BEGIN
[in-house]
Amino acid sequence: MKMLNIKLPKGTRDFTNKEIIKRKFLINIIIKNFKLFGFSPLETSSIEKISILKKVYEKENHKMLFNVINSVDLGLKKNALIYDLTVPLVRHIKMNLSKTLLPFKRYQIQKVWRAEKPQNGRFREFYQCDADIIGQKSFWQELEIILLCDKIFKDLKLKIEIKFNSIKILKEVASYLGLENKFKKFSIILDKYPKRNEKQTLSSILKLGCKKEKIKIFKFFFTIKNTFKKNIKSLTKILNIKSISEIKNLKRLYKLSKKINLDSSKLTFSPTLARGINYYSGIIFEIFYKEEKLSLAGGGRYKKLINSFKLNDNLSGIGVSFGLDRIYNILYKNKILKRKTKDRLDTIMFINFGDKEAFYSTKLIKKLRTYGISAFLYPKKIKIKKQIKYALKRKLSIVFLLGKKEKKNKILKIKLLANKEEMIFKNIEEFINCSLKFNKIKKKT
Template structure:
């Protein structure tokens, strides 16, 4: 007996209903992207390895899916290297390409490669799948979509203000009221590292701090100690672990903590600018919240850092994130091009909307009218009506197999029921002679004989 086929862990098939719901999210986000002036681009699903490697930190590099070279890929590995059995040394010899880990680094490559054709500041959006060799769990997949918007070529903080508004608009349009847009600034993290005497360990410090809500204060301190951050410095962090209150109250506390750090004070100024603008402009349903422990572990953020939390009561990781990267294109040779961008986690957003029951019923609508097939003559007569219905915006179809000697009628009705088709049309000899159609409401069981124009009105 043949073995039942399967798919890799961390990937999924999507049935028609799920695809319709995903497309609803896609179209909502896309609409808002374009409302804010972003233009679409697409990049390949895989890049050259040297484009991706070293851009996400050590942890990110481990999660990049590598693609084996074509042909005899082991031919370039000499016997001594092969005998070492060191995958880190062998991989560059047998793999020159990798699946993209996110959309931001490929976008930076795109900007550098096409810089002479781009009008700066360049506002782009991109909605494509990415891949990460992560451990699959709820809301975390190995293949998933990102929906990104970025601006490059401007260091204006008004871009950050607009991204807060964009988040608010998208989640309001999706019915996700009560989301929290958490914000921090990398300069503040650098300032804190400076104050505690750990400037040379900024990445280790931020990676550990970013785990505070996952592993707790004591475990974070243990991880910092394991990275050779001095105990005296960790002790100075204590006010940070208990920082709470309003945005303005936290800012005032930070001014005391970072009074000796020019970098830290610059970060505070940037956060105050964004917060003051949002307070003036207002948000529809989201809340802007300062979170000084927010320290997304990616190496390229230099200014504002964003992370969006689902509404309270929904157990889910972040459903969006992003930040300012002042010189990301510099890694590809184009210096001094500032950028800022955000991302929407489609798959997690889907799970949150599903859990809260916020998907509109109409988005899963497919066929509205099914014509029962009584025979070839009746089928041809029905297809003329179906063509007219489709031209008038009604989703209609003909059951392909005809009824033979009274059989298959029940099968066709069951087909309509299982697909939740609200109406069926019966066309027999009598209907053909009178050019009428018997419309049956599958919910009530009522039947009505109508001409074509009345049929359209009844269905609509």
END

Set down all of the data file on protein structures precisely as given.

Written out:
[in-house]
Amino acid sequence: MKMLNIKLPKGTRDFTNKEIIKRKFLINIIIKNFKLFGFSPLETSSIEKISILKKVYEKENHKMLFNVINSVDLGLKKNALIYDLTVPLVRHIKMNLSKTLLPFKRYQIQKVWRAEKPQNGRFREFYQCDADIIGQKSFWQELEIILLCDKIFKDLKLKIEIKFNSIKILKEVASYLGLENKFKKFSIILDKYPKRNEKQTLSSILKLGCKKEKIKIFKFFFTIKNTFKKNIKSLTKILNIKSISEIKNLKRLYKLSKKINLDSSKLTFSPTLARGINYYSGIIFEIFYKEEKLSLAGGGRYKKLINSFKLNDNLSGIGVSFGLDRIYNILYKNKILKRKTKDRLDTIMFINFGDKEAFYSTKLIKKLRTYGISAFLYPKKIKIKKQIKYALKRKLSIVFLLGKKEKKNKILKIKLLANKEEMIFKNIEEFINCSLKFNKIKKKT
Template structure:
């Protein structure tokens, strides 16, 4: 007996209903992207390895899916290297390409490669799948979509203000009221590292701090100690672990903590600018919240850092994130091009909307009218009506197999029921002679004989 086929862990098939719901999210986000002036681009699903490697930190590099070279890929590995059995040394010899880990680094490559054709500041959006060799769990997949918007070529903080508004608009349009847009600034993290005497360990410090809500204060301190951050410095962090209150109250506390750090004070100024603008402009349903422990572990953020939390009561990781990267294109040779961008986690957003029951019923609508097939003559007569219905915006179809000697009628009705088709049309000899159609409401069981124009009105 043949073995039942399967798919890799961390990937999924999507049935028609799920695809319709995903497309609803896609179209909502896309609409808002374009409302804010972003233009679409697409990049390949895989890049050259040297484009991706070293851009996400050590942890990110481990999660990049590598693609084996074509042909005899082991031919370039000499016997001594092969005998070492060191995958880190062998991989560059047998793999020159990798699946993209996110959309931001490929976008930076795109900007550098096409810089002479781009009008700066360049506002782009991109909605494509990415891949990460992560451990699959709820809301975390190995293949998933990102929906990104970025601006490059401007260091204006008004871009950050607009991204807060964009988040608010998208989640309001999706019915996700009560989301929290958490914000921090990398300069503040650098300032804190400076104050505690750990400037040379900024990445280790931020990676550990970013785990505070996952592993707790004591475990974070243990991880910092394991990275050779001095105990005296960790002790100075204590006010940070208990920082709470309003945005303005936290800012005032930070001014005391970072009074000796020019970098830290610059970060505070940037956060105050964004917060003051949002307070003036207002948000529809989201809340802007300062979170000084927010320290997304990616190496390229230099200014504002964003992370969006689902509404309270929904157990889910972040459903969006992003930040300012002042010189990301510099890694590809184009210096001094500032950028800022955000991302929407489609798959997690889907799970949150599903859990809260916020998907509109109409988005899963497919066929509205099914014509029962009584025979070839009746089928041809029905297809003329179906063509007219489709031209008038009604989703209609003909059951392909005809009824033979009274059989298959029940099968066709069951087909309509299982697909939740609200109406069926019966066309027999009598209907053909009178050019009428018997419309049956599958919910009530009522039947009505109508001409074509009345049929359209009844269905609509």